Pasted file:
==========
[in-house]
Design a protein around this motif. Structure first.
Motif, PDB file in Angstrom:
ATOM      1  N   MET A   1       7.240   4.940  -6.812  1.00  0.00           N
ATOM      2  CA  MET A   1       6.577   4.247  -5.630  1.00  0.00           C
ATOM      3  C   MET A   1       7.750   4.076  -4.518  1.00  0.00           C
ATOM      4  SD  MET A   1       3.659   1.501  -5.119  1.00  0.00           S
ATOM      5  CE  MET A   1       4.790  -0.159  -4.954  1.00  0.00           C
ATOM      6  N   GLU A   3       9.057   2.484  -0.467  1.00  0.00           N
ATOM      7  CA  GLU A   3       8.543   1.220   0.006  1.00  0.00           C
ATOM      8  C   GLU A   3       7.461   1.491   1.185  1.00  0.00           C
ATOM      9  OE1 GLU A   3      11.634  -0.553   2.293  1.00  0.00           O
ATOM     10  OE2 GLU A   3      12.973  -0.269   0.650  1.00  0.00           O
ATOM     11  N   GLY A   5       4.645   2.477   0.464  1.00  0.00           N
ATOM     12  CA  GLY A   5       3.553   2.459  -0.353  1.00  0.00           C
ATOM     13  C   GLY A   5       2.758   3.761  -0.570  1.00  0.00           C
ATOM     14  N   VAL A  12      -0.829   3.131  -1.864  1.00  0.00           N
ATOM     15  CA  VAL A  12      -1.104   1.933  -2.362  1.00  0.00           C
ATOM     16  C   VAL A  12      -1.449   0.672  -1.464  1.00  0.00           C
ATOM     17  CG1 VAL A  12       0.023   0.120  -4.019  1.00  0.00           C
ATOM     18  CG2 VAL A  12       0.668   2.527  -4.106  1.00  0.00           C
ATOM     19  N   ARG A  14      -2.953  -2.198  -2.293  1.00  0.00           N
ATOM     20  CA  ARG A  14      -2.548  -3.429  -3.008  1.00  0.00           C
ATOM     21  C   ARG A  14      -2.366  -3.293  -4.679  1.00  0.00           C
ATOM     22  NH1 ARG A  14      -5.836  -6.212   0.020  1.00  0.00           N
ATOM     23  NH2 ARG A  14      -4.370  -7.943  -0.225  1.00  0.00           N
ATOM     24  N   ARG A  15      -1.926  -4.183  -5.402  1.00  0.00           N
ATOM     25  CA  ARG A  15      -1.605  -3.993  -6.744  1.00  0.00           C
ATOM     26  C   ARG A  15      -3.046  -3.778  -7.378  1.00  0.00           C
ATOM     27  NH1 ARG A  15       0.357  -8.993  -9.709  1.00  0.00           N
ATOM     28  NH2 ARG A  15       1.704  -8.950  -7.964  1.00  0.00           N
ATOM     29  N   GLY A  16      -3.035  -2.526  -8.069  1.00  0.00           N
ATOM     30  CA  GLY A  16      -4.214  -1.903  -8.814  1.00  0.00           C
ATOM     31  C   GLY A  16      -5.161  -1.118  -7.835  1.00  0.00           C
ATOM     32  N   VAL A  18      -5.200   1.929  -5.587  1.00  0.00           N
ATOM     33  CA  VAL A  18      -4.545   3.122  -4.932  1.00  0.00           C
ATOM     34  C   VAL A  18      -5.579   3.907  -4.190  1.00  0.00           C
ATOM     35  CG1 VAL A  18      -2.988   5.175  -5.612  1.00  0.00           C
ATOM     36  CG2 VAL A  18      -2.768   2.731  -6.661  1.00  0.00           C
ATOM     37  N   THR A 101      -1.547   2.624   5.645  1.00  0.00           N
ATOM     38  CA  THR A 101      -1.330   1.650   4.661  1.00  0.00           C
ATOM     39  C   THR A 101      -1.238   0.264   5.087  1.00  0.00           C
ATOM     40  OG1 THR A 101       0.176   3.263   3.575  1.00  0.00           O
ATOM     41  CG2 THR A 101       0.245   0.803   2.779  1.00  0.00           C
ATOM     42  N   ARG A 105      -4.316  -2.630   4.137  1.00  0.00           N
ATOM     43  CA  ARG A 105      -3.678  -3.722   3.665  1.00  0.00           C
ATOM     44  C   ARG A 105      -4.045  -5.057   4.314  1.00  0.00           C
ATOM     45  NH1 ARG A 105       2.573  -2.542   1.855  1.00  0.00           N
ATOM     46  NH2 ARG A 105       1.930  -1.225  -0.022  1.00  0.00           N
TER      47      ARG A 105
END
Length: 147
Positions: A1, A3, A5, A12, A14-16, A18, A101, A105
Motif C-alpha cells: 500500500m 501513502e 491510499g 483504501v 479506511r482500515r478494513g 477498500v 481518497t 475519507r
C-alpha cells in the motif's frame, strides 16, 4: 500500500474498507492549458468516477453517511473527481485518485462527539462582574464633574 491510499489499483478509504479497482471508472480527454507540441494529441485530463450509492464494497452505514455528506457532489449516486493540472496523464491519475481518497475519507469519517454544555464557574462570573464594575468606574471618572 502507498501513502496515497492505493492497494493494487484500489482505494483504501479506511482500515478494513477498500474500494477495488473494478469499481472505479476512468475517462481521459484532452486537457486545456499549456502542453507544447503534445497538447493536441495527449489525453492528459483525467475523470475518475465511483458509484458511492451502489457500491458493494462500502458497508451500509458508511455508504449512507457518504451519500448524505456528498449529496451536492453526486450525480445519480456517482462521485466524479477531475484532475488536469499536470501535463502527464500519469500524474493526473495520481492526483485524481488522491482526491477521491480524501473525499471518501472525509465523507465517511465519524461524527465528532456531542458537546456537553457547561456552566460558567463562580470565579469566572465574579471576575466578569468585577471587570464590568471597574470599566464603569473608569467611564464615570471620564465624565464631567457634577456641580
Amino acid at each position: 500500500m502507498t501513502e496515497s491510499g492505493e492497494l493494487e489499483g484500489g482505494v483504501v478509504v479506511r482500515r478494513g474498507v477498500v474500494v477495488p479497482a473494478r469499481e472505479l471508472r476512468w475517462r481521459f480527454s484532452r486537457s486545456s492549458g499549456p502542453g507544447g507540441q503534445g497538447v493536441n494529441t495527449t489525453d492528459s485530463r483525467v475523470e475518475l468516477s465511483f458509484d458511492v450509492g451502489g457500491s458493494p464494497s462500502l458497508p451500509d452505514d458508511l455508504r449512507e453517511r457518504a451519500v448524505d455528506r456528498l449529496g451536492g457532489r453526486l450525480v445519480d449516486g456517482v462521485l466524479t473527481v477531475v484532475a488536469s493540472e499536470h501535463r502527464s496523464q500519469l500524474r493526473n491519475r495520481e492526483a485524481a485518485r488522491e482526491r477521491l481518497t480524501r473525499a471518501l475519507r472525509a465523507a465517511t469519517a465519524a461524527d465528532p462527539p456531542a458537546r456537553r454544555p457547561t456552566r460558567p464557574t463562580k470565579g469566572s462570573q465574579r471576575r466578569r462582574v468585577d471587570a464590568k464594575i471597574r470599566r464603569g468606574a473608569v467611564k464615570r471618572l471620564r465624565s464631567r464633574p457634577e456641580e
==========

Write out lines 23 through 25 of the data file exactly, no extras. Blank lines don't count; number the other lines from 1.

ATOM     20  CA  ARG A  14      -2.548  -3.429  -3.008  1.00  0.00           C
ATOM     21  C   ARG A  14      -2.366  -3.293  -4.679  1.00  0.00           C
ATOM     22  NH1 ARG A  14      -5.836  -6.212   0.020  1.00  0.00           N